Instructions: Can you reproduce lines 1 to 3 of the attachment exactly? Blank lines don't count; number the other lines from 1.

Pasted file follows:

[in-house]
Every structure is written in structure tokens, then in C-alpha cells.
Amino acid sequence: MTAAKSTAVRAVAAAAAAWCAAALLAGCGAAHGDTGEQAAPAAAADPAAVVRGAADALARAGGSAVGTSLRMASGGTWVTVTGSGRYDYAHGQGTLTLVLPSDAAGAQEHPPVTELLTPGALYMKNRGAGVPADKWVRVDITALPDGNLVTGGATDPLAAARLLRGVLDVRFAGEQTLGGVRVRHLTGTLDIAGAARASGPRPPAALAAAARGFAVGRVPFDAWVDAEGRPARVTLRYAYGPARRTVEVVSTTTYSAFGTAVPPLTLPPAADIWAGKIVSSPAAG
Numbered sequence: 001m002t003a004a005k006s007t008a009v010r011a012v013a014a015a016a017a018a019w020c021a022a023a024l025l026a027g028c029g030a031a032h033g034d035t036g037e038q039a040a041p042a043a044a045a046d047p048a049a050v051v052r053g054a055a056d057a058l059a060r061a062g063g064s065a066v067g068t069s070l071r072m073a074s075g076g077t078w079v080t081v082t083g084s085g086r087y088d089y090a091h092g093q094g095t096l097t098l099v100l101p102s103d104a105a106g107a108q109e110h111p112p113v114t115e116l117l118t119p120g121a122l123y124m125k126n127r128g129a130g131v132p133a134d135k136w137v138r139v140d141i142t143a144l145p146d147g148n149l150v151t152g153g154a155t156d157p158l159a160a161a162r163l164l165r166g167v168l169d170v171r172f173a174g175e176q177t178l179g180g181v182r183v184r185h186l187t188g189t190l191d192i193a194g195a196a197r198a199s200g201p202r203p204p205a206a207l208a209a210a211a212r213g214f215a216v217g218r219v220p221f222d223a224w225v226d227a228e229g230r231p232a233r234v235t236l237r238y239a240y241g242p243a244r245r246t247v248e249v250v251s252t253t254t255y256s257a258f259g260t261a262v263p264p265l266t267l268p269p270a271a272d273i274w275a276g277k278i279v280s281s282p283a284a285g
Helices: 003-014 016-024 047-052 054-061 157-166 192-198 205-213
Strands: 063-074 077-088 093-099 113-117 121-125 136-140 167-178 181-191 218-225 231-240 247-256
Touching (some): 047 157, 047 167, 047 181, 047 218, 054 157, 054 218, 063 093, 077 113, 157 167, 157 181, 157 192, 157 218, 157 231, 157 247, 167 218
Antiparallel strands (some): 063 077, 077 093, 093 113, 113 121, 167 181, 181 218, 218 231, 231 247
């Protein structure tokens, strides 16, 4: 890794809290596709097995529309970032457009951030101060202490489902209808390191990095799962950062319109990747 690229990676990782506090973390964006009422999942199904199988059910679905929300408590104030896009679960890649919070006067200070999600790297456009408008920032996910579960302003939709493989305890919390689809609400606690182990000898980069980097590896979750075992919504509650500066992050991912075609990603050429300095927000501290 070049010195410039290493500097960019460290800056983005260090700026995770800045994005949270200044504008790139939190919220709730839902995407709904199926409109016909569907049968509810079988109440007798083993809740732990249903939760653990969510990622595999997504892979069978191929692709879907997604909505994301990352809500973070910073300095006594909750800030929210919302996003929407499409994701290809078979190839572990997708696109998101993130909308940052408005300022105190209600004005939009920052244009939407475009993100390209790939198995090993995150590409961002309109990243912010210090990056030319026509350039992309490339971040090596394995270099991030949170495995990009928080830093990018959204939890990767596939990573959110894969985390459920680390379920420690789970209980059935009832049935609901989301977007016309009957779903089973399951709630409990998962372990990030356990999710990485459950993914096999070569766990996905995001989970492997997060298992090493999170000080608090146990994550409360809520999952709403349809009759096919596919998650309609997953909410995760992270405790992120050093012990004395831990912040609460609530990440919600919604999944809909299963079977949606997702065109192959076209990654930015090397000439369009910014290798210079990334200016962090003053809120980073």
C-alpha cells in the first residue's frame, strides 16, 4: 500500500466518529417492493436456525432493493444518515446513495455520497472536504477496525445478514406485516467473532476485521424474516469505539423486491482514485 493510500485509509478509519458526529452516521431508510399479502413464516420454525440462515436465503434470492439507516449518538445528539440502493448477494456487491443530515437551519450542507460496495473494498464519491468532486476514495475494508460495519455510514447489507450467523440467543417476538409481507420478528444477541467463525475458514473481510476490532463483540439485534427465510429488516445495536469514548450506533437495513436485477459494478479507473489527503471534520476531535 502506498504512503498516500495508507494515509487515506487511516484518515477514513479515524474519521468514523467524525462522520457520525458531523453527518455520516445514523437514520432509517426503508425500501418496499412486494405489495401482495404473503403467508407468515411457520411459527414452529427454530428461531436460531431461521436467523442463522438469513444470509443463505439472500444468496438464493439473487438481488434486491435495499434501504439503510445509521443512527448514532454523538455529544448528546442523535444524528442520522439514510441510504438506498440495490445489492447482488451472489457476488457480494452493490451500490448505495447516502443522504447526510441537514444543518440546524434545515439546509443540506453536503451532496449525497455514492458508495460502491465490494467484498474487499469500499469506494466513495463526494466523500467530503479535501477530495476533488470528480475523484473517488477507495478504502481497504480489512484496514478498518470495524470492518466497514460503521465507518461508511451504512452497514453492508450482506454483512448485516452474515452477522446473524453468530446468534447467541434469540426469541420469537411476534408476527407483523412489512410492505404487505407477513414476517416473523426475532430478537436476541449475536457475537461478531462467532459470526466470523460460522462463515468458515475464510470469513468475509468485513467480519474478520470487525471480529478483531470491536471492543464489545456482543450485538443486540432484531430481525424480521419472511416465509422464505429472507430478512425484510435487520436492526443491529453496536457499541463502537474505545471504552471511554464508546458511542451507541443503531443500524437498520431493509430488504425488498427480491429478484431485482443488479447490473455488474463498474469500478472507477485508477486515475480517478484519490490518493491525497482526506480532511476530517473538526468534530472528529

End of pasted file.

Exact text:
[in-house]
Every structure is written in structure tokens, then in C-alpha cells.
Amino acid sequence: MTAAKSTAVRAVAAAAAAWCAAALLAGCGAAHGDTGEQAAPAAAADPAAVVRGAADALARAGGSAVGTSLRMASGGTWVTVTGSGRYDYAHGQGTLTLVLPSDAAGAQEHPPVTELLTPGALYMKNRGAGVPADKWVRVDITALPDGNLVTGGATDPLAAARLLRGVLDVRFAGEQTLGGVRVRHLTGTLDIAGAARASGPRPPAALAAAARGFAVGRVPFDAWVDAEGRPARVTLRYAYGPARRTVEVVSTTTYSAFGTAVPPLTLPPAADIWAGKIVSSPAAG